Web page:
What Good Can Come of This?

1:41 PMHeather

I can hardly find words. I've wrestled with some big unfulfilled dreams for years now.  Lately, I've felt God asking me to embrace where he has me and trust his plans.  If he hasn't opened a different door, then I'm right where I'm supposed to be. Writing is part of who I am.  So I blog.  Yet can easily feel it's not enough.  But I do it out of obedience.

Oh, it's enough. If you ever wonder if God is listening, he is. 

Because I blogged yesterday out of obedience.  Again.  And since then, I've gotten some mind blowing and incredible texts and calls letting me know that God was indeed allowing me to take his dictation for those who need to hear from him. 

God is telling me that he is moving and using me.  And he is deeply concerned for the details of the pains of those who read this.  

Which prompted me to share this today.  It's a story from years ago. But if you wonder WHAT GOOD CAN COME OF THIS? Then, please read on.  Hear my own story.  And hear your Father declare that he intends to use for good that which others intend for evil.

The following blog post is my modified essay, originally published in Cook Communication's "Groovy Chicks Road Trip to Peace" book by Dena Dyer and Laurie Barker Copeland, in 2005.

There I was.  Six months pregnant on a family ski trip, planned long before the big surprise of our third child. I decided to take the opportunity to enjoy the quiet of the hotel room, whilst everyone else enjoyed skiing in the beautiful sunshine. Everyone else including my two little boys, who were then four and two years old. They were spending the day in ski school.  And my tired, pregnant self enjoyed a long cup of coffee, still sitting in pajamas.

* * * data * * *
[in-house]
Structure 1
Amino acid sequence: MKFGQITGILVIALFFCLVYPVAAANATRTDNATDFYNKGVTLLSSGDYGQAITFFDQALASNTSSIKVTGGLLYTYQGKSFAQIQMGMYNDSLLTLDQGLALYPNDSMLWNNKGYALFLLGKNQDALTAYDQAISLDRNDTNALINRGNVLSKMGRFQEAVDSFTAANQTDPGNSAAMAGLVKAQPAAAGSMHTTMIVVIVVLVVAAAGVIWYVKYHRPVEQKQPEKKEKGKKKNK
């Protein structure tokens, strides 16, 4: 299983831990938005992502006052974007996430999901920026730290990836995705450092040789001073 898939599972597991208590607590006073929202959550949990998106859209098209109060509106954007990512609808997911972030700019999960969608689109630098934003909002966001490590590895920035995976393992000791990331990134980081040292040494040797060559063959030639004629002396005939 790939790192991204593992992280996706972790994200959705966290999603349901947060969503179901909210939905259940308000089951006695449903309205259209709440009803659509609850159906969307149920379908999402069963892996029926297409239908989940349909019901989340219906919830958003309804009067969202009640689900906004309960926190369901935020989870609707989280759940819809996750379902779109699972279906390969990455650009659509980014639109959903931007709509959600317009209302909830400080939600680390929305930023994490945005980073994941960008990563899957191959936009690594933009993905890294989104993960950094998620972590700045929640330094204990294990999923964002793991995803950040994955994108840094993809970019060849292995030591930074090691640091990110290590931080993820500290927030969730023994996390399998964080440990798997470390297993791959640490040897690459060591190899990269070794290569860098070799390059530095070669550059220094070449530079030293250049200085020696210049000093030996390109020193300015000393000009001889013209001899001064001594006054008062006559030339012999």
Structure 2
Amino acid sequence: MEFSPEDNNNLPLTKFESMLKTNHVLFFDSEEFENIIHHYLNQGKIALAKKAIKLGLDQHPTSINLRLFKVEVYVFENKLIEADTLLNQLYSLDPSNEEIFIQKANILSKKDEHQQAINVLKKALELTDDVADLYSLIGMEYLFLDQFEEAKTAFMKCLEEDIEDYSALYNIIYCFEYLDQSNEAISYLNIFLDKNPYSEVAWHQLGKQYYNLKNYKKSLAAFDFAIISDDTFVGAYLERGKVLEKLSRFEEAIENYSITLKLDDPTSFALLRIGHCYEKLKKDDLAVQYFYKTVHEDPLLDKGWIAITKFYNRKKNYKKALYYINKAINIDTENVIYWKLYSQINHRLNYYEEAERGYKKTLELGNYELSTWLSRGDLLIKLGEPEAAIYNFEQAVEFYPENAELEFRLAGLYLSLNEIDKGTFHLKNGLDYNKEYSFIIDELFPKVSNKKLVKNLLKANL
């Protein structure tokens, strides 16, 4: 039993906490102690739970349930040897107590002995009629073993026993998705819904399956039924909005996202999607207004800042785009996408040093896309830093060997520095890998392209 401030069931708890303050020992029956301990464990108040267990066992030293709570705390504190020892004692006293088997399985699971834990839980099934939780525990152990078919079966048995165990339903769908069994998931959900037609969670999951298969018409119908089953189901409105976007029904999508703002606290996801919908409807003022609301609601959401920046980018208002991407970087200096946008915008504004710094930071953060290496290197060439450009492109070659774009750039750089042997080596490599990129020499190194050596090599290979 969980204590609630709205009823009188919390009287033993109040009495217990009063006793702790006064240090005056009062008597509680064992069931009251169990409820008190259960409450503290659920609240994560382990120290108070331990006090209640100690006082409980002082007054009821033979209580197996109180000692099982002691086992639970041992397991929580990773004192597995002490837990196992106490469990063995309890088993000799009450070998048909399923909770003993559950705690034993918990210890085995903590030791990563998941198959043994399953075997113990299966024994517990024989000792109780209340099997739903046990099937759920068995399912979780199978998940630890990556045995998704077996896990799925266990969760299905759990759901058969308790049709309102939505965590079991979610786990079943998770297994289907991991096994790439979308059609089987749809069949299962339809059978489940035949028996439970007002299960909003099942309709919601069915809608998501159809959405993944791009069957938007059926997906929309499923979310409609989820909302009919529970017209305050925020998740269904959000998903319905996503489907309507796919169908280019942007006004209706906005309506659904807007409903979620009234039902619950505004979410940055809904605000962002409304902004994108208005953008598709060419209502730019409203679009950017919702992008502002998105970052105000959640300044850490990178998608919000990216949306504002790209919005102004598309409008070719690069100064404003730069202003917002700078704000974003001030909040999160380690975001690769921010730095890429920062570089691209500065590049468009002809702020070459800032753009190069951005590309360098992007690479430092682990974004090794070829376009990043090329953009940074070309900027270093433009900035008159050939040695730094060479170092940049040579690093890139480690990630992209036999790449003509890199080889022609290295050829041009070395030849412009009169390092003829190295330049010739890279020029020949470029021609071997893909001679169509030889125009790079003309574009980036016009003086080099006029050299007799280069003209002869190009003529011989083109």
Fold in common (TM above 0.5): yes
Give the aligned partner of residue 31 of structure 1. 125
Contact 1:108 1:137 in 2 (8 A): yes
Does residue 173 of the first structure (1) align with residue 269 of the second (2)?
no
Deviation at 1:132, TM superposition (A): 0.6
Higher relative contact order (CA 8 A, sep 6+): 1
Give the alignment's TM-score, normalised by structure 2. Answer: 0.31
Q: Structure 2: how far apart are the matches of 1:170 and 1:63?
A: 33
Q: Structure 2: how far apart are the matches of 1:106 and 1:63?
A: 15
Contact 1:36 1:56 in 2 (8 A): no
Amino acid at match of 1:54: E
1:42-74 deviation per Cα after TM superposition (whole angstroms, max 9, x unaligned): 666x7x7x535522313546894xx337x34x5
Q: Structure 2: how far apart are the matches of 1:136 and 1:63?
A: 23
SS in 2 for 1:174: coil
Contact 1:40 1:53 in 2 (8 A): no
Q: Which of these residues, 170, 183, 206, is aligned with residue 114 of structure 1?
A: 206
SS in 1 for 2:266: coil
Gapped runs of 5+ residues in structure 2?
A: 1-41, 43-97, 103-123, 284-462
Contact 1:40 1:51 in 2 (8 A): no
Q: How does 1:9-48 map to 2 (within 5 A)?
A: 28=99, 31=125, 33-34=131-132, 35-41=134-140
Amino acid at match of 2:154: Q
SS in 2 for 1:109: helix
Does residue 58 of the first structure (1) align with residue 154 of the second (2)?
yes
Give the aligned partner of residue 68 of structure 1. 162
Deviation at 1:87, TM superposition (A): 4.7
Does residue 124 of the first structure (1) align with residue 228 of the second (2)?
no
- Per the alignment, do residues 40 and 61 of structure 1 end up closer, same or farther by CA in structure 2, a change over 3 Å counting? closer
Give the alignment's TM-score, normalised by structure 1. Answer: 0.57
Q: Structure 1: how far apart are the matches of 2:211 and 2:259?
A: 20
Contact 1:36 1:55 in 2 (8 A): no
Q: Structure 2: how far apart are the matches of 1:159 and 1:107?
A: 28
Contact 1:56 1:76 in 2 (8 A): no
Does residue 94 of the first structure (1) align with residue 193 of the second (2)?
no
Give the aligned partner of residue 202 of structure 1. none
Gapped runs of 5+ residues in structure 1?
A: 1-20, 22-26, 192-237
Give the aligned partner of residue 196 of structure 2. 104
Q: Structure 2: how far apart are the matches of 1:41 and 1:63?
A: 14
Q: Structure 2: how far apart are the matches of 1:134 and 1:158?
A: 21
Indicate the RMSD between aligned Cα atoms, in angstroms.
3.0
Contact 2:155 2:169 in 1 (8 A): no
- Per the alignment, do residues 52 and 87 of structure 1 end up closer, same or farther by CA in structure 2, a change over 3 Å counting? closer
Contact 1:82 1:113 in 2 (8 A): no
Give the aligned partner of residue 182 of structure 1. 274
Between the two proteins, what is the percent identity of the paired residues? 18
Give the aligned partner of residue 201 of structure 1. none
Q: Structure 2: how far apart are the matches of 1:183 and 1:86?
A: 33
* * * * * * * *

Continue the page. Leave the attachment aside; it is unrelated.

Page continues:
I tried to concentrate on reading my Bible, but got quickly distracted.  So I turned on the television and began to channel surf. Boom.  There she was.  Beth Moore on the television, saying something that made me stop in my tracks.  Because it was nearly verbatim the exact sentence that had been rolling around my brain since I had read it five days before.  In my Beth Moore Bible study at church.

"God cannot be God of the 'is to come' in our life until he has become the Lord of 'what was'."

God had my full attention.

God had been dealing with me about my past for months at that point.  For nearly a year, every sermon topic, Sunday School class or Bible study seemed to address moving through past hurts.  It was obviously time to listen up and learn.  Once and for all.

Like many people, I had been hurt by those I held most dear, the people who were supposed to love and care for me.  For many years, I had struggled with feeling worthless, rejected, bitter and angry.  I had been the queen of my pity party, justifying my anger and wallowing in my poor, unfortunate circumstances. 

At times, the pain had been great enough to inhibit my daily functioning.  The anger and fear of being hurt again had caused me to build a wall and made me quick to push off relationships before I could get hurt again.  I had bought the lie--that I was damanged goods--hook, line and sinker. 

It was time for a change.

As soon as Beth Moore finished speaking, I turned off the television and grabbed my Bible and prayer journal.  In the silence of the hotel room, I began to consider all my past hurts, taking careful inventory of the issues that needed to be laid to rest.  My mind went back through two decades and numerous conversations, assumptions and encounters.  I wrote them all down, facing my struggles head on.